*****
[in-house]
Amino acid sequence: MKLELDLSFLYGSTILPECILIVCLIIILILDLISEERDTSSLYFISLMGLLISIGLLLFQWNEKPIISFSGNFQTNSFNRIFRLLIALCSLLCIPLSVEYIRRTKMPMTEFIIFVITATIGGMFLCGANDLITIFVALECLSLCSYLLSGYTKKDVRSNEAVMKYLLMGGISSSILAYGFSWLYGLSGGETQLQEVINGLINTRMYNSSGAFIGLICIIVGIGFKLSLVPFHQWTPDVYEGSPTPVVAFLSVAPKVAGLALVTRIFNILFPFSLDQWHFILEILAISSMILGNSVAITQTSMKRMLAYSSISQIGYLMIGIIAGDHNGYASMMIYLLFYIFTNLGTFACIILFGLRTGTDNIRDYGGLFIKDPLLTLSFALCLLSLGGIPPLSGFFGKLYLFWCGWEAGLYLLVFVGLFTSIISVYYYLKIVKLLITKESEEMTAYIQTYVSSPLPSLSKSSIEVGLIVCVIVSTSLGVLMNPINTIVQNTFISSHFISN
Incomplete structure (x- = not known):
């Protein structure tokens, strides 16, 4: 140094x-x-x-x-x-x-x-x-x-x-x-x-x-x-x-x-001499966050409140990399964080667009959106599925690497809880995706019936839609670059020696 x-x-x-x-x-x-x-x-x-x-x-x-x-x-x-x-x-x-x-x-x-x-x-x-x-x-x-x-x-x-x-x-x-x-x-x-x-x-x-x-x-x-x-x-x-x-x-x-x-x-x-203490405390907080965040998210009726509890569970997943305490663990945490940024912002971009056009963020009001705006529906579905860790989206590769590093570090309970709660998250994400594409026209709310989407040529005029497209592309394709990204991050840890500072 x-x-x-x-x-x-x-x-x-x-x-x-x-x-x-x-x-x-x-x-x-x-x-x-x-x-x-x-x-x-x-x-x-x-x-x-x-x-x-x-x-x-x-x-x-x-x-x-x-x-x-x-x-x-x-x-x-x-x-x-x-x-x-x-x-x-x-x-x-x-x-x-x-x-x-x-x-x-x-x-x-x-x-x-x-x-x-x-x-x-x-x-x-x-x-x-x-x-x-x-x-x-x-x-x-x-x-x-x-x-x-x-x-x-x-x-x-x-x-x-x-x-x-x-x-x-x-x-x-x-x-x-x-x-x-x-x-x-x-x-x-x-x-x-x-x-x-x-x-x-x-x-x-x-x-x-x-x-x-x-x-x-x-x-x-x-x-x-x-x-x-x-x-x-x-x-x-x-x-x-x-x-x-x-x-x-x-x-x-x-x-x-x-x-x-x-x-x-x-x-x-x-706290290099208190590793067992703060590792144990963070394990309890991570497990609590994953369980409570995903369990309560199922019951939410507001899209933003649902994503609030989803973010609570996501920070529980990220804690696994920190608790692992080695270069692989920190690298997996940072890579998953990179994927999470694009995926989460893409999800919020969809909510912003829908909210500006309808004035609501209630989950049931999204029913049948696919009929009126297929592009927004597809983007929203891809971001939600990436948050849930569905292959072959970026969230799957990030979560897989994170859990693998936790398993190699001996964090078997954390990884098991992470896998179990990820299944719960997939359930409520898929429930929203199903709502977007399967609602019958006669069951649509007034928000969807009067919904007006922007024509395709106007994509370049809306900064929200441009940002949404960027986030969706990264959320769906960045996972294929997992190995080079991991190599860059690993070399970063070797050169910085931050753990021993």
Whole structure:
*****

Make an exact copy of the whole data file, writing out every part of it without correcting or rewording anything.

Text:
[in-house]
Amino acid sequence: MKLELDLSFLYGSTILPECILIVCLIIILILDLISEERDTSSLYFISLMGLLISIGLLLFQWNEKPIISFSGNFQTNSFNRIFRLLIALCSLLCIPLSVEYIRRTKMPMTEFIIFVITATIGGMFLCGANDLITIFVALECLSLCSYLLSGYTKKDVRSNEAVMKYLLMGGISSSILAYGFSWLYGLSGGETQLQEVINGLINTRMYNSSGAFIGLICIIVGIGFKLSLVPFHQWTPDVYEGSPTPVVAFLSVAPKVAGLALVTRIFNILFPFSLDQWHFILEILAISSMILGNSVAITQTSMKRMLAYSSISQIGYLMIGIIAGDHNGYASMMIYLLFYIFTNLGTFACIILFGLRTGTDNIRDYGGLFIKDPLLTLSFALCLLSLGGIPPLSGFFGKLYLFWCGWEAGLYLLVFVGLFTSIISVYYYLKIVKLLITKESEEMTAYIQTYVSSPLPSLSKSSIEVGLIVCVIVSTSLGVLMNPINTIVQNTFISSHFISN
Incomplete structure (x- = not known):
């Protein structure tokens, strides 16, 4: 140094x-x-x-x-x-x-x-x-x-x-x-x-x-x-x-x-001499966050409140990399964080667009959106599925690497809880995706019936839609670059020696 x-x-x-x-x-x-x-x-x-x-x-x-x-x-x-x-x-x-x-x-x-x-x-x-x-x-x-x-x-x-x-x-x-x-x-x-x-x-x-x-x-x-x-x-x-x-x-x-x-x-x-203490405390907080965040998210009726509890569970997943305490663990945490940024912002971009056009963020009001705006529906579905860790989206590769590093570090309970709660998250994400594409026209709310989407040529005029497209592309394709990204991050840890500072 x-x-x-x-x-x-x-x-x-x-x-x-x-x-x-x-x-x-x-x-x-x-x-x-x-x-x-x-x-x-x-x-x-x-x-x-x-x-x-x-x-x-x-x-x-x-x-x-x-x-x-x-x-x-x-x-x-x-x-x-x-x-x-x-x-x-x-x-x-x-x-x-x-x-x-x-x-x-x-x-x-x-x-x-x-x-x-x-x-x-x-x-x-x-x-x-x-x-x-x-x-x-x-x-x-x-x-x-x-x-x-x-x-x-x-x-x-x-x-x-x-x-x-x-x-x-x-x-x-x-x-x-x-x-x-x-x-x-x-x-x-x-x-x-x-x-x-x-x-x-x-x-x-x-x-x-x-x-x-x-x-x-x-x-x-x-x-x-x-x-x-x-x-x-x-x-x-x-x-x-x-x-x-x-x-x-x-x-x-x-x-x-x-x-x-x-x-x-x-x-x-x-706290290099208190590793067992703060590792144990963070394990309890991570497990609590994953369980409570995903369990309560199922019951939410507001899209933003649902994503609030989803973010609570996501920070529980990220804690696994920190608790692992080695270069692989920190690298997996940072890579998953990179994927999470694009995926989460893409999800919020969809909510912003829908909210500006309808004035609501209630989950049931999204029913049948696919009929009126297929592009927004597809983007929203891809971001939600990436948050849930569905292959072959970026969230799957990030979560897989994170859990693998936790398993190699001996964090078997954390990884098991992470896998179990990820299944719960997939359930409520898929429930929203199903709502977007399967609602019958006669069951649509007034928000969807009067919904007006922007024509395709106007994509370049809306900064929200441009940002949404960027986030969706990264959320769906960045996972294929997992190995080079991991190599860059690993070399970063070797050169910085931050753990021993």
Whole structure: